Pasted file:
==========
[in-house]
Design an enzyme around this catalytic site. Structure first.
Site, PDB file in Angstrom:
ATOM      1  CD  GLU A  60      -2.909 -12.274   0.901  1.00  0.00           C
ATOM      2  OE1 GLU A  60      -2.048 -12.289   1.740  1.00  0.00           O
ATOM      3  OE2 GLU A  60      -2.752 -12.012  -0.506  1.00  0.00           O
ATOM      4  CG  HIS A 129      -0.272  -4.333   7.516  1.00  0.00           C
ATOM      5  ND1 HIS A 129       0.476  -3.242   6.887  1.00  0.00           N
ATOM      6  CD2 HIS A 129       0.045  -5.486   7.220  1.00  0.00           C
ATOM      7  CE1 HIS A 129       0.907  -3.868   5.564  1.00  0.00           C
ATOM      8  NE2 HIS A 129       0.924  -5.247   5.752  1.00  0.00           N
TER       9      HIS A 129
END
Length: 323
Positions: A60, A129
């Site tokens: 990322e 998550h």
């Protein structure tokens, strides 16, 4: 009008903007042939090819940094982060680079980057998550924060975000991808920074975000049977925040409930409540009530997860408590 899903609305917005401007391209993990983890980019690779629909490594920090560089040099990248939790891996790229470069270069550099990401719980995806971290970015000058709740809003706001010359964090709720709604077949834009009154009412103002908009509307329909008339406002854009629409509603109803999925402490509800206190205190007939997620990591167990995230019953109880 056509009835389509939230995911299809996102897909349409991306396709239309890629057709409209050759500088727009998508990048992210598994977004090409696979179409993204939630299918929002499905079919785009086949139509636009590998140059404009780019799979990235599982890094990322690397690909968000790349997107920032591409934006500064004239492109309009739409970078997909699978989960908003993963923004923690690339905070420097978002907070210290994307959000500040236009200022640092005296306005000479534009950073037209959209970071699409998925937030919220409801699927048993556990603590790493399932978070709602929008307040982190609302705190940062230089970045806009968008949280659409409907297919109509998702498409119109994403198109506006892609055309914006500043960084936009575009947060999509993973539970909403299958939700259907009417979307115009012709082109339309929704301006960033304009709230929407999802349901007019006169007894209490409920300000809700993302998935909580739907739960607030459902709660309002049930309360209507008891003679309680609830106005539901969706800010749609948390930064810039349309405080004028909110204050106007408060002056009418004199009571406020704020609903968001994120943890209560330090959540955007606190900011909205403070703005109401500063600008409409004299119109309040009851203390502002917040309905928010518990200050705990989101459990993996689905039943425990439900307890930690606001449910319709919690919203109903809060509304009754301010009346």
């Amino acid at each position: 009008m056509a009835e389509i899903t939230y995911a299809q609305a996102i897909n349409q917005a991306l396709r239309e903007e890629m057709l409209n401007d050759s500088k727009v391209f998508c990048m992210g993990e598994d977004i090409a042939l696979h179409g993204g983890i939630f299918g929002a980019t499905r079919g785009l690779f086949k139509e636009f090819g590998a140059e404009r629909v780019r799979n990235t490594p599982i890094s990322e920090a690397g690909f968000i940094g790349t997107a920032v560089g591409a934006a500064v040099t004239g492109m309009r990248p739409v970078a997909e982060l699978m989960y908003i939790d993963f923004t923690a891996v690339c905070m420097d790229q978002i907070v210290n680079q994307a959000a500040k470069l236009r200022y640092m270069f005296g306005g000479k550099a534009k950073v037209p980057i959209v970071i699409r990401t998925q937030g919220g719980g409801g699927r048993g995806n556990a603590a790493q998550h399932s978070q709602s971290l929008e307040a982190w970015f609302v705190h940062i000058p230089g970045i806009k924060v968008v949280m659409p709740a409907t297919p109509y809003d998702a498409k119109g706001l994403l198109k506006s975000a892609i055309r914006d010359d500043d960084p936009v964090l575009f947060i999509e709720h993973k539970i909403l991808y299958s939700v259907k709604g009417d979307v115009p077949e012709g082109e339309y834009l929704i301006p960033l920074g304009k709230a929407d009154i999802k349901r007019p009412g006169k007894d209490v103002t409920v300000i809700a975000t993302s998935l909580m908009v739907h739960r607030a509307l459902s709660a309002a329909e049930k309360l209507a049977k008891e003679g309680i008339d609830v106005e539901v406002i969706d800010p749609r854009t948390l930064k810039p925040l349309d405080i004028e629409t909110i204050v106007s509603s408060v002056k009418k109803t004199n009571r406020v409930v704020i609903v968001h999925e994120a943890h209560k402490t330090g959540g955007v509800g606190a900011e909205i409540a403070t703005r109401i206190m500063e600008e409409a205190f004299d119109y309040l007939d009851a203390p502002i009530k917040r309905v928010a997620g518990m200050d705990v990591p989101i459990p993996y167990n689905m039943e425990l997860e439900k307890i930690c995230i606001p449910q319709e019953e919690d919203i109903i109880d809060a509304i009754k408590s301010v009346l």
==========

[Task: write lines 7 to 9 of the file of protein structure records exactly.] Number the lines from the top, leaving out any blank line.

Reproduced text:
ATOM      4  CG  HIS A 129      -0.272  -4.333   7.516  1.00  0.00           C
ATOM      5  ND1 HIS A 129       0.476  -3.242   6.887  1.00  0.00           N
ATOM      6  CD2 HIS A 129       0.045  -5.486   7.220  1.00  0.00           C